On May 11, fans and haters alike will get a dose of the new Miley with “Malibu,” the first single off an as-yet-untitled album coming later this year. It’s a breezy love song about Hemsworth — gimmick-free pop rock unlike anything she has recorded before, whether as Hannah Montana, the punky Disney princess who scored three Billboard 200 No. 1s in the ’00s, or as herself, on 2013’s daring Bangerz (another No. 1) or the straight-to-SoundCloud experiment Miley Cyrus & Her Dead Petz. When Cyrus sings, “I never would’ve believed you if three years ago you told me I’d be here writing this song,” she could just as easily be referring to her music as to her relationship.
While Bangerz and Petz bore the unmistakable stamps of their respective collaborators, Mike WiLL Made-It and Wayne Coyne of The Flaming Lips, the new album will be Cyrus’ most DIY to date. She wrote the lyrics and melodies herself, and producer-writer Oren Yoel (who co-wrote the Bangerz track “Adore You,” which hit No. 21 on the Billboard Hot 100) plays all the instruments. Cyrus wrote one song for Hillary Clinton and another for women in the workplace, but overall, the album’s less explicitly political than it is personal. That extends to the music, which adds an unprecedented dose of twang to a mix that includes quiet acoustic turns and epic pop. “This is Miley leaning into her roots more than I’ve ever heard,” says her father, country singer and actor Billy Ray Cyrus, who tells a story of Waylon Jennings teaching a young Miley guitar chords at the kitchen table. “For her, this is honest.” It’s also a showcase for her voice, one of the most expressive in music. “My main concern isn’t radio,” says Cyrus, whose “Wrecking Ball” spent three weeks at No. 1 in 2013. “I truly don’t even listen to it.”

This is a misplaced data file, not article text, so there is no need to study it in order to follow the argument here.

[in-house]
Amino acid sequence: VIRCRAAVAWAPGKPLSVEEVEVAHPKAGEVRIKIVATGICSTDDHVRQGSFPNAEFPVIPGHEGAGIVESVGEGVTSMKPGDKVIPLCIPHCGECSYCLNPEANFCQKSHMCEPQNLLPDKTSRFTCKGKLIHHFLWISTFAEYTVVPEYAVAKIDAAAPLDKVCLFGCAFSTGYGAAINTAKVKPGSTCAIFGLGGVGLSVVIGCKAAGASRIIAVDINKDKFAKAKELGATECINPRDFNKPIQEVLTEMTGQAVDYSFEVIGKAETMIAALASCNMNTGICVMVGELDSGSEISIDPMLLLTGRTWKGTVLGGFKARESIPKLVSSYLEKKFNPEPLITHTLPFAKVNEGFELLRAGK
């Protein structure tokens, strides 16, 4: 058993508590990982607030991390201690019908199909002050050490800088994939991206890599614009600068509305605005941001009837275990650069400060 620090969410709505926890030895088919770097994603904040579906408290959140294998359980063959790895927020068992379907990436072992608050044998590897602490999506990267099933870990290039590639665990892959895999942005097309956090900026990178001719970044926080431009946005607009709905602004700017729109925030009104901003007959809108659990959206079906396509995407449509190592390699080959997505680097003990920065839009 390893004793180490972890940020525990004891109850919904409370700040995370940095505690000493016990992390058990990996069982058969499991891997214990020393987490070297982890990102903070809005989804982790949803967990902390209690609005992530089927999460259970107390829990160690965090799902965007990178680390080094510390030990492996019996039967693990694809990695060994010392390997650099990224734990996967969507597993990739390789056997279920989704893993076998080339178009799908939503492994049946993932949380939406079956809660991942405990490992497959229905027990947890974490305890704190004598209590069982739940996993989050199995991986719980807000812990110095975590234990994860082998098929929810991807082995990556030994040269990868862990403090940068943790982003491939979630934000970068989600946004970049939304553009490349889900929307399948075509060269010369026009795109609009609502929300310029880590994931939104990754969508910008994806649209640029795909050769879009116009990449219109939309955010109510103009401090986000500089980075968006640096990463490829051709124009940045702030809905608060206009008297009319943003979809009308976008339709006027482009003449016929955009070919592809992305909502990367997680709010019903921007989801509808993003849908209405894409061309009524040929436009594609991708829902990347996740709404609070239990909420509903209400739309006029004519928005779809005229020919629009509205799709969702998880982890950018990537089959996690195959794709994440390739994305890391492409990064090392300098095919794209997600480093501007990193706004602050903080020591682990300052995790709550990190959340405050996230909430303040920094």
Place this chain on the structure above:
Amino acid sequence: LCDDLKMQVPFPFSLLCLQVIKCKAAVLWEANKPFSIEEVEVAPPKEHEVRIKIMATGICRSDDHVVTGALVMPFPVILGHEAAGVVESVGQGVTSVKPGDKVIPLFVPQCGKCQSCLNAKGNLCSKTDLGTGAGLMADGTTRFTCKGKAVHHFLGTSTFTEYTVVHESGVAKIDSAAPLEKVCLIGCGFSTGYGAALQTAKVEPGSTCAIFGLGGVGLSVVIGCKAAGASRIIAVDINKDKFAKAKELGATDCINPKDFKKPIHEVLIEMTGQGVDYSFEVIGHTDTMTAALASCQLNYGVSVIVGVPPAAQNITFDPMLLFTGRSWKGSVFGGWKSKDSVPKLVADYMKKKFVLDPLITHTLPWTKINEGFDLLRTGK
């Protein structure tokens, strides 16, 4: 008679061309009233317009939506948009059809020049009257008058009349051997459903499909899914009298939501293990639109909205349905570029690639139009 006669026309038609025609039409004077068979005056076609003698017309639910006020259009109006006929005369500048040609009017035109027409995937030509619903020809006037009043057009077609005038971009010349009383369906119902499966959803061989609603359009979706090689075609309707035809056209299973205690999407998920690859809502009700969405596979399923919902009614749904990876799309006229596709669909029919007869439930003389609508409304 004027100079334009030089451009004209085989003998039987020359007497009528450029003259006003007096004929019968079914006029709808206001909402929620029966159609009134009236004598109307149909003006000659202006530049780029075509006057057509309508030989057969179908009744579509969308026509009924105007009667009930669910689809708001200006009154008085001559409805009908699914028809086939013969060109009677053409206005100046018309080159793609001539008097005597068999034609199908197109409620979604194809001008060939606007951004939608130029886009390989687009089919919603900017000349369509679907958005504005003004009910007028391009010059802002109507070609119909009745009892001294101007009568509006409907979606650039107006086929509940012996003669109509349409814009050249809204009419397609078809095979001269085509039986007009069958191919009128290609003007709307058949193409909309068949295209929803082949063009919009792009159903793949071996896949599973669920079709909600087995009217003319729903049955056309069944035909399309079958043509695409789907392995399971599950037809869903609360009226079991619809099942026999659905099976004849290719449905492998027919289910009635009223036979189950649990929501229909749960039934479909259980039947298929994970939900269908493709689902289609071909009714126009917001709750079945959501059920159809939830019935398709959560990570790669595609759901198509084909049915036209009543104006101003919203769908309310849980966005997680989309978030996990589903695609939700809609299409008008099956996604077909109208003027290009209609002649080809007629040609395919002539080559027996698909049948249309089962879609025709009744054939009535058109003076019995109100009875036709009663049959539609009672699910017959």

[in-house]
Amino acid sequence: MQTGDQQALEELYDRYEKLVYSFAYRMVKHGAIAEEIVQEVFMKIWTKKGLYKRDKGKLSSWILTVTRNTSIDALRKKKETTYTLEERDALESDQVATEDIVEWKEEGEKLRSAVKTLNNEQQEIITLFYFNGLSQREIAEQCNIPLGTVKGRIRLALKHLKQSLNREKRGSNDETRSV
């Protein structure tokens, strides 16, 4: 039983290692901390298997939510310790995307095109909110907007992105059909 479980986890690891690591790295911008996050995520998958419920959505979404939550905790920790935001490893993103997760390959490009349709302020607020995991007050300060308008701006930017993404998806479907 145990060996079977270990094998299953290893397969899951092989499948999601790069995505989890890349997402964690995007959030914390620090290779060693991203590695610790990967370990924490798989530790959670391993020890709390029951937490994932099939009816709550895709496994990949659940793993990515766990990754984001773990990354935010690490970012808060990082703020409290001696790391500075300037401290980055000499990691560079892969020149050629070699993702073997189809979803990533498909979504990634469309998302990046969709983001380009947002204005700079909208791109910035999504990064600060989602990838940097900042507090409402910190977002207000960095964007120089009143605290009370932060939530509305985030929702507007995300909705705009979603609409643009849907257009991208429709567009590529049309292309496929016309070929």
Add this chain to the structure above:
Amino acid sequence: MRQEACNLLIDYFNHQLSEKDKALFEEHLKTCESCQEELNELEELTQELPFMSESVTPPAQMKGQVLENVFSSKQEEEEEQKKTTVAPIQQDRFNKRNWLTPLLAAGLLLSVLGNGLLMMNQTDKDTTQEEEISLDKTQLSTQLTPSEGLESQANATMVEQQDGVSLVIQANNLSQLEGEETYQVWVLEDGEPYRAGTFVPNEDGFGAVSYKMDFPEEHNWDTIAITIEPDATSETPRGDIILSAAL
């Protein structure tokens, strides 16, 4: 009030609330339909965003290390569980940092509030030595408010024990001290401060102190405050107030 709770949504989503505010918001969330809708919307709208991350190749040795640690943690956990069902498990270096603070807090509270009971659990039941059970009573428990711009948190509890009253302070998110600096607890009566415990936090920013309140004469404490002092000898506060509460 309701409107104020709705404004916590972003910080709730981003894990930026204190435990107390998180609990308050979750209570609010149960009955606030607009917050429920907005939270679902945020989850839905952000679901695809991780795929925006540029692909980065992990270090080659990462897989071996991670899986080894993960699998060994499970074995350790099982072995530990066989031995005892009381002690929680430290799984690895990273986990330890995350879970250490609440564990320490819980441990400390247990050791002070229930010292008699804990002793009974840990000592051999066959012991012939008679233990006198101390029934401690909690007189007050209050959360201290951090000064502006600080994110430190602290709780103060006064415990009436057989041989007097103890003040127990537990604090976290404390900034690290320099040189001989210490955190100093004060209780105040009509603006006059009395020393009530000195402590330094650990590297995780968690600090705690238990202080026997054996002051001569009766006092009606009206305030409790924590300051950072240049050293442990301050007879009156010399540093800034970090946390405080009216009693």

Cyrus was first inspired to reach beyond her circle of “outspoken liberals” and cultivate country fans and red-staters in 2016, when she began as a coach on NBC’s stalwart talent competition The Voice. (She will rejoin for season 13 this fall.) “I like talking to people that don’t agree with me, but I don’t think I can do that in an aggressive way,” says Cyrus. “I don’t think those people are going to listen to me when I’m sitting there in nipple pasties, you know?”